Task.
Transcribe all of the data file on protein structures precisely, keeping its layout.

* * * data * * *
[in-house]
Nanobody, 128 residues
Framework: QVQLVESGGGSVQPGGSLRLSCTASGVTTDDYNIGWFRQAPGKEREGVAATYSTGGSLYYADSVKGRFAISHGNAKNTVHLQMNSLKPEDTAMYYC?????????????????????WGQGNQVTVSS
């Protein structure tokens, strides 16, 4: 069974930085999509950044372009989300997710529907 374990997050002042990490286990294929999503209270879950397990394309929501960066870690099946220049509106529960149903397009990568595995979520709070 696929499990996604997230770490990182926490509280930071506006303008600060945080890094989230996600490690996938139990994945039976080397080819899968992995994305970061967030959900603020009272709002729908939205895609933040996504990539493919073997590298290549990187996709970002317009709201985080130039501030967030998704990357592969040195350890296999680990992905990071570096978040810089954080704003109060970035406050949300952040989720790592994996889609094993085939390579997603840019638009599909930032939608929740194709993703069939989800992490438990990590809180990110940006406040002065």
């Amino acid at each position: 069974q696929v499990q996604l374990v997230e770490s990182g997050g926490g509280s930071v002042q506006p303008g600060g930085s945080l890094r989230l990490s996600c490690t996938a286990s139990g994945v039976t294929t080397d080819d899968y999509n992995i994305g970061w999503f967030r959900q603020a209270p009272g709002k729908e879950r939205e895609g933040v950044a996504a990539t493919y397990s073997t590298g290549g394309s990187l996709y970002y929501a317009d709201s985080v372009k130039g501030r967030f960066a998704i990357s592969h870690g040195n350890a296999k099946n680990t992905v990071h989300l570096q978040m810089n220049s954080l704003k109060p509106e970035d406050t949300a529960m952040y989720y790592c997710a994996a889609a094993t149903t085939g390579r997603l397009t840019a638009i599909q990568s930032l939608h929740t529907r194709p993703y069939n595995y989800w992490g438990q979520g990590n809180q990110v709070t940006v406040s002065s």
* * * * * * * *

[in-house]
Nanobody, 128 residues
Framework: QVQLVESGGGSVQPGGSLRLSCTASGVTTDDYNIGWFRQAPGKEREGVAATYSTGGSLYYADSVKGRFAISHGNAKNTVHLQMNSLKPEDTAMYYC?????????????????????WGQGNQVTVSS
């Protein structure tokens, strides 16, 4: 069974930085999509950044372009989300997710529907 374990997050002042990490286990294929999503209270879950397990394309929501960066870690099946220049509106529960149903397009990568595995979520709070 696929499990996604997230770490990182926490509280930071506006303008600060945080890094989230996600490690996938139990994945039976080397080819899968992995994305970061967030959900603020009272709002729908939205895609933040996504990539493919073997590298290549990187996709970002317009709201985080130039501030967030998704990357592969040195350890296999680990992905990071570096978040810089954080704003109060970035406050949300952040989720790592994996889609094993085939390579997603840019638009599909930032939608929740194709993703069939989800992490438990990590809180990110940006406040002065």
């Amino acid at each position: 069974q696929v499990q996604l374990v997230e770490s990182g997050g926490g509280s930071v002042q506006p303008g600060g930085s945080l890094r989230l990490s996600c490690t996938a286990s139990g994945v039976t294929t080397d080819d899968y999509n992995i994305g970061w999503f967030r959900q603020a209270p009272g709002k729908e879950r939205e895609g933040v950044a996504a990539t493919y397990s073997t590298g290549g394309s990187l996709y970002y929501a317009d709201s985080v372009k130039g501030r967030f960066a998704i990357s592969h870690g040195n350890a296999k099946n680990t992905v990071h989300l570096q978040m810089n220049s954080l704003k109060p509106e970035d406050t949300a529960m952040y989720y790592c997710a994996a889609a094993t149903t085939g390579r997603l397009t840019a638009i599909q990568s930032l939608h929740t529907r194709p993703y069939n595995y989800w992490g438990q979520g990590n809180q990110v709070t940006v406040s002065s």